And now to us to continue on this holiday (and actually every day of the year) as people of faith to proclaim a new beginning, an ongoing presence of Christ in our midst, Matthew says to us, ‘Do not be afraid. Do not be afraid, for so many centuries ago we experienced Christ in our midst after his death. Do not be afraid, because we have known him to continue with us (at the very end of Matthew’s gospel we hear that ‘I am with you always’). Do not be afraid, because we have known the risen Christ. Take comfort that he is with you also.’
Hard to believe sometimes, though, isn’t it? A man who died 2000 years ago raised again by God to guide us through the most difficult of circumstances? Where is that presence when it’s needed most? Where is Jesus popping up and saying, ‘Greetings!’ in our midst? After all, we do not live in a constant state of bliss. The halos around people’s heads in European paintings aren’t quite as noticeable in real life. Where could Jesus be in our disasters? How does our ‘do not be afraid’ appear?
The movie ‘Escape from Sorbibor’ is set in a concentration camp during World War II. One young man has just discovered what the camp is truly for, stumbling upon the gas chambers as they are running. He rushes back to the barracks in which the Jewish workers are imprisoned to find them playing chess and cards, playing music, dancing, laughing. The young man is appalled and offended. ‘Why do you do this if you know what goes on here? How can you sing and laugh? How quickly you have forgotten!’ An older man approaches him and pulls him aside. ‘No, we haven’t forgotten,’ he says. ‘But we do this to remember….to remember that we are human.’
How can we proclaim that Christ is risen, that Christ is present in a disastrous world? Through song, through dance, through sharing at this table, through passing the peace with one another and singing, ‘Alleluia’ and saying ‘Amen’? It is because we remember. We hear Matthew’s reminder, ‘do not be afraid. Christ is risen.’ And this is what we say to one another. We remember the old story of Jesus and God’s love. We remember, re-imagine, relive the surprise, the realization that we are not alone. We are continually surprised, continually realize that Christ is in our midst in unexpected ways. We remember to have hope in disaster and to strengthen our faith in the midst of despair. We remember that we are invited not to cope alone.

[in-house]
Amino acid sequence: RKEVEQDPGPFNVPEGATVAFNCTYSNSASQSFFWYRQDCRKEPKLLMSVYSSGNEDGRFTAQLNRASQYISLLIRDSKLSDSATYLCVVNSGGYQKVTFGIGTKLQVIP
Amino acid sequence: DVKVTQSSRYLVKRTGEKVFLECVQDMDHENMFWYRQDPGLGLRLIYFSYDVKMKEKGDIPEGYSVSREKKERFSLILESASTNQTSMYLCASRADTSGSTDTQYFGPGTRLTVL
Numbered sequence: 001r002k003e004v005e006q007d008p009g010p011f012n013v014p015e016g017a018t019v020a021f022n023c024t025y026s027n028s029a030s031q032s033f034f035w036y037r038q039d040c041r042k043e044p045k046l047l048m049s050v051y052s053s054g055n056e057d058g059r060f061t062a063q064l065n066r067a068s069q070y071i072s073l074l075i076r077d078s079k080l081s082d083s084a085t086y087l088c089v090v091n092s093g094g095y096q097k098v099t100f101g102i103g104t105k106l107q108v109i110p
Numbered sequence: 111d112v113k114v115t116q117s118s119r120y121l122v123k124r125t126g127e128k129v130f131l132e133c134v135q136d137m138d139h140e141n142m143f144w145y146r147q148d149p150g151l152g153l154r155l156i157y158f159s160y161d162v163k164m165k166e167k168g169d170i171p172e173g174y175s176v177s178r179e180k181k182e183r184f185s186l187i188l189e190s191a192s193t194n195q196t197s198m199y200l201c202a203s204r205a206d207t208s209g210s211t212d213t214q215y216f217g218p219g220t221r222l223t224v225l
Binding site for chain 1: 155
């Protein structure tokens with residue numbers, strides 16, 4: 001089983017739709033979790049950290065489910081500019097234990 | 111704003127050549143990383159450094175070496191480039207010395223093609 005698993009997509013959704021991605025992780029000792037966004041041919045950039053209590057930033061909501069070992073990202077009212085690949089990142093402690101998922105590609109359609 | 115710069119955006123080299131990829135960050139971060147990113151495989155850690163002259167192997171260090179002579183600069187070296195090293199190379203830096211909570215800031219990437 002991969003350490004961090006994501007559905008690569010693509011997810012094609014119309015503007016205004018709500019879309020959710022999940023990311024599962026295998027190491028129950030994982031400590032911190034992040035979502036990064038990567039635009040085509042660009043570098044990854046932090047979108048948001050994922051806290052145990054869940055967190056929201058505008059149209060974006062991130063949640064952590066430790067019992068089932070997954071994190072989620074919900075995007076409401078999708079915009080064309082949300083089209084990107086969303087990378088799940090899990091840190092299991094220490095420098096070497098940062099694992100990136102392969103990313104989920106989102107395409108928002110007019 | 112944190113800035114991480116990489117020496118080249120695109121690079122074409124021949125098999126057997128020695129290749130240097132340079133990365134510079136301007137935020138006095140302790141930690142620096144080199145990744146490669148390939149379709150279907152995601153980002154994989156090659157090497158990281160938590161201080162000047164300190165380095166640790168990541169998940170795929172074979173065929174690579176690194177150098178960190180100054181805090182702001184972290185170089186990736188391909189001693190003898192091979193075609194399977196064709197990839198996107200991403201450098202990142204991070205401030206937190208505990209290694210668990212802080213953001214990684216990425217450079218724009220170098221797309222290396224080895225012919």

So you are invited to sing. Stretch your vocal chords a little more than they’re used to. Rip off a hunk of bread when it comes around. Take two or three. Hug someone you don’t know in the narthex. Say ‘Amen’ when you feel moved and not just when I prompt you. If you’re not allergic, come up here after worship and stick your nose right in one of these Easter lilies and give thanks for the wonderful aroma of life given to this plant.
Remember that Christ is risen. Remember that Christ is present. Remember that you are human and that you are fearfully and wonderfully made. Remember that you are beloved children of God and remind one another of that. Turn to the person on your right and left right now and tell them that: ‘You are a beloved child of God.’
Remember that Christ is with you in disaster. Remember and relive the story of new life.